168 pages | 6 B/W Illus.
2010 marks the hundredth anniversary of the death of Léon Walras, the brilliant originator and first formaliser of general equilibrium theory – one of the pillars of modern economic theory. In advancing much derided practical solutions Walras also displayed more concern for the problems of living in a second best world than is common in modern pure theories of the invisible hand, efficient market hypothesis, DSGE macroeconomics or the thinking of some contemporary free market admirers all based on general equilibrium theory.
This book brings contributions from the likes of Kenneth Arrow, Alan Kirman, Richard Posner, Amartya Sen and Robert Solow to share their thoughts and reflections on the theoretical heritage of Léon Walras. Some authors reminisce on the part they played in the development of modern general economics theory; others reflect on the crucial part played by general equilibrium in the development of macroeconomics, microeconomics, growth theory, welfare economics and the theory of justice; others still complain about the wrong path economic theory took under the influence of post 1945 developments in general equilibrium theory.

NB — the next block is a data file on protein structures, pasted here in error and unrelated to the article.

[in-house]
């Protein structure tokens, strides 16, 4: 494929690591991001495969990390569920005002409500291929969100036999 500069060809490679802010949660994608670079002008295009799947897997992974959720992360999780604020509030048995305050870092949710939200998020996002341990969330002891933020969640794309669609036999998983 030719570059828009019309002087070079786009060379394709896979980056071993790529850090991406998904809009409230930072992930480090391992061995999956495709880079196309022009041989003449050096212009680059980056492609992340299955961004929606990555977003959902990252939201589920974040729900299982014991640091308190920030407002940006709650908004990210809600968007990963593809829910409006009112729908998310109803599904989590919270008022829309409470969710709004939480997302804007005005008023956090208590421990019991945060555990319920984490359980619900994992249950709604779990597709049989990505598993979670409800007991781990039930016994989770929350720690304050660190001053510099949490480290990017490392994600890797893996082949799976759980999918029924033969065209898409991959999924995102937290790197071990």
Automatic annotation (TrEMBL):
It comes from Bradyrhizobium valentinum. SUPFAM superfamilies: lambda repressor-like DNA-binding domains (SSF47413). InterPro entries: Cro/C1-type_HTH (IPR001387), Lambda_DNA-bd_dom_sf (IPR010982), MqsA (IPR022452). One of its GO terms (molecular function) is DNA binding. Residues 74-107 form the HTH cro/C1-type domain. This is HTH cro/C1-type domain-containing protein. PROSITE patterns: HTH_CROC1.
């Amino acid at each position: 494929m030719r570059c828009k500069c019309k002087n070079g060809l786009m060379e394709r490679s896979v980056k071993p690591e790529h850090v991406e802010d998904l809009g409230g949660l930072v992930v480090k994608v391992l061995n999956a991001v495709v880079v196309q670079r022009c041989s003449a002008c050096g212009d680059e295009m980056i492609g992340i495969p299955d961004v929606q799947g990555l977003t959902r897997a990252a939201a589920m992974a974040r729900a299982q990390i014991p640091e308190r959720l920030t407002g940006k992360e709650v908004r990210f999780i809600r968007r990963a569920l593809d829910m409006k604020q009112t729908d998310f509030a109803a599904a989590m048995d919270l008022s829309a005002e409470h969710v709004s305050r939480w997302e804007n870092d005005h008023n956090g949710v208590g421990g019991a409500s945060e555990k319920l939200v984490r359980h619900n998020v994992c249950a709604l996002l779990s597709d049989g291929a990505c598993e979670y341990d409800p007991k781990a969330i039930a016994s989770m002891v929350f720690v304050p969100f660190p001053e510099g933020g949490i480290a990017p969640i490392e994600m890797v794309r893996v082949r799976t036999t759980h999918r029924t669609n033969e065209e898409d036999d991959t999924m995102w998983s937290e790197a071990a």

Preface Pascal Bridel 1. Walras: Pioneer of Illuminating Complexity William J. Baumol 2. Léon Walras and Monetary Economics 3. The Normative Origins of General Equilibrium Theory: Or Walras's Attempts at Reconciling Economic Efficiency and Social Justice Pascal Bridel 4. Walras, Keynes, and the 'Great Recession' Richard A. Posner 5. The Stability of General Equilibrium - What Do We Know and Why Is It Important? Franklin M. Fisher 6. The Computation of Equilibria for the Walrasian Model: A Personal Account Herbert E. Scarf 7. Walras, Non-Clearing Markets and Imperfect Competition Jean-Pascal Bénassy 8. General Equilibrium Theory and Public Finance Anthony B. Atkinson 9. Macroeconomics and the Uses of General Equilibrium Robert M. Solow 10. Credit Instruments and Information to General Equilibrium Kenneth J. Arrow 11. Walras's Unfortunate Legacy Alan Kirman 12. On Walras's Modernity Roger Guesnerie